Mortality and Maldevelopment: Part II: The Saga of Neural Tube Defects

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Springer Science & Business Media, Feb 28, 2009 - Medical - 265 pages

Congenital malformations are worldwide occurrences striking in every condition of society. These severe physical abnormalities which are present at birth and affecting every part of the body happen more often than usually realized, once in every 33 births. The most common, after heart defects, are those of the neural tube (the brain and spinal cord) which happen in as many as one in every 350 births. They have been noted as curiousities in man and beast throughout recorded history and received great attention in our time by various fields of study, for example, their faulty prenatal development by embryologists, familial patterns by geneticists, causation by environmentalists and variability by population scientists.

Attention turned much in recent years to the relation of these malformations to deficiency of a particular dietary ingredient, folic acid, a subject this book analyzes in depth. The greatest conundrum of all, which this latest matter like so much else hinges on, is the amazing fact of the tremendous, almost universal decrease in the frequency of these anomalies since early in the 20th century. The puzzle is ‘What can this downward trend possibly mean?’ and at bottom ‘Whether it is part of a long-term cyclical pattern’. This fascinating biological phenomenon is explored in the book together with various other topics.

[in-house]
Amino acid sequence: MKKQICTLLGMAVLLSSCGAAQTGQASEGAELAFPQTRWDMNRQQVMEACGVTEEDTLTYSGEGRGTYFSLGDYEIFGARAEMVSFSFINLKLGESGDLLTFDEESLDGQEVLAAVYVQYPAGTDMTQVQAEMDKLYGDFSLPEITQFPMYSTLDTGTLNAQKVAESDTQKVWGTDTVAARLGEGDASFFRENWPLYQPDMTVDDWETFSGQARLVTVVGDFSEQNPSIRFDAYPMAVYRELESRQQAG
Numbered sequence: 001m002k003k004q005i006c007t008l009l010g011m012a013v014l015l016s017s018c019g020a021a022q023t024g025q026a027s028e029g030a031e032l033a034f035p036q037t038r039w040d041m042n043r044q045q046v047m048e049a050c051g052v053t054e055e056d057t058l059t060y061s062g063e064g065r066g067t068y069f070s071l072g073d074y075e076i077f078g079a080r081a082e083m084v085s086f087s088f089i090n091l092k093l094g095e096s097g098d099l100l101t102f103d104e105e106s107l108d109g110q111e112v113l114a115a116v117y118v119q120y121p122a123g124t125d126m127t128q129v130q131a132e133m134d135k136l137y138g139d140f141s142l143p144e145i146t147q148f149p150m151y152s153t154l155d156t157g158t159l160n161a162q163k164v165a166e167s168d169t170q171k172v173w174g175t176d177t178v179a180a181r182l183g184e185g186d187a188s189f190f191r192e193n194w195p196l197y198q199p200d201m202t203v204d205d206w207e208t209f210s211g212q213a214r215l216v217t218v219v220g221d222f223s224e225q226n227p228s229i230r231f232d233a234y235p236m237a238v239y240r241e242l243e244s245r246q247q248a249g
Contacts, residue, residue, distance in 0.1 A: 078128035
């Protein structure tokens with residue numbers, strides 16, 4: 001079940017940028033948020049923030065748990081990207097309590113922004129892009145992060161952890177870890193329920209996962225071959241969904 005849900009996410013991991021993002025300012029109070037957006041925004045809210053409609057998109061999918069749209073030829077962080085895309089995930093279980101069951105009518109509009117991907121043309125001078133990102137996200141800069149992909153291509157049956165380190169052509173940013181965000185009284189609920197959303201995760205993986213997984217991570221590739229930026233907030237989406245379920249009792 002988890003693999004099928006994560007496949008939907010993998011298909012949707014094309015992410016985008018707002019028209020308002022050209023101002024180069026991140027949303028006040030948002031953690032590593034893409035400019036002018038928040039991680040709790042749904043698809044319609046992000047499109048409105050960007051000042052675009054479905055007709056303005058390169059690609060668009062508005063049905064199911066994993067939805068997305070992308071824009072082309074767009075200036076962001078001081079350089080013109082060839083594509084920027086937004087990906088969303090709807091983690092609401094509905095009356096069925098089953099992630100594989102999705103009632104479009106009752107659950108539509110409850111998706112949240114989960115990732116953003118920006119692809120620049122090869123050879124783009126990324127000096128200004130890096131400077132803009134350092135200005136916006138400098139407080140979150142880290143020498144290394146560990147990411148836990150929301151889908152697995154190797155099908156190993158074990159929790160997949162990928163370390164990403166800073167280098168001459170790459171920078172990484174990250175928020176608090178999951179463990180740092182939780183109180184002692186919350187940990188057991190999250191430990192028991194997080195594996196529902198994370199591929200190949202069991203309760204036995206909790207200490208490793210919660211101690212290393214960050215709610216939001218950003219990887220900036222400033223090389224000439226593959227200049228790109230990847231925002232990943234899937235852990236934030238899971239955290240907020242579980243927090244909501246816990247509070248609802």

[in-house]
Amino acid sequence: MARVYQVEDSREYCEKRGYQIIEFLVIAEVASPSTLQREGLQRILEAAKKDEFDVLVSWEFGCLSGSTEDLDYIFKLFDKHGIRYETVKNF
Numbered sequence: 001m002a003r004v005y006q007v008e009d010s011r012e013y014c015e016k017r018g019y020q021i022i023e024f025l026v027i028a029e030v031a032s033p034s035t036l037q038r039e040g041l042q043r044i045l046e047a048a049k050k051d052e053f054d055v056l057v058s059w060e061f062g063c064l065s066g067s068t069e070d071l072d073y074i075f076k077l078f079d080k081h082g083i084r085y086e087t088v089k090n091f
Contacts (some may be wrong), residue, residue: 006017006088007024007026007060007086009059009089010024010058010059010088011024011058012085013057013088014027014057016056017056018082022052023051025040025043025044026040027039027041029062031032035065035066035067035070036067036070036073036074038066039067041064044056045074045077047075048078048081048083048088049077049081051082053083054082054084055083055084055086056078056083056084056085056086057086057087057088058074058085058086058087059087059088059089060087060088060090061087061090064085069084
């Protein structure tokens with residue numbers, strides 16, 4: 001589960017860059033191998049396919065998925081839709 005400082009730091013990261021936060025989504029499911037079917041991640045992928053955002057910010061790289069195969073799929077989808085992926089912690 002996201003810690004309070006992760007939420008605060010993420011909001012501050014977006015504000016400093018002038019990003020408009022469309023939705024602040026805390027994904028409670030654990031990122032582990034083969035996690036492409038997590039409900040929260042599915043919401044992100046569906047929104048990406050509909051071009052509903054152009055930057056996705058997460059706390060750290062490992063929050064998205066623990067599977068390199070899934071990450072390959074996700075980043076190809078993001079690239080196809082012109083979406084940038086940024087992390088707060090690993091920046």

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Contents

Basic Stuff
2
Setting the Stage
17
The Continent of Europe 51
50
The United States
79
Geography and Chronology
119
Canada
129
Australia and New Zealand
145
Blacks and Jews
155
The Mideast 167
166
Abortion
179
Early Questions
191
Etiology II
207
Neural Tube Defects in China
217
The Ultimate Question
223
Index
261
Copyright

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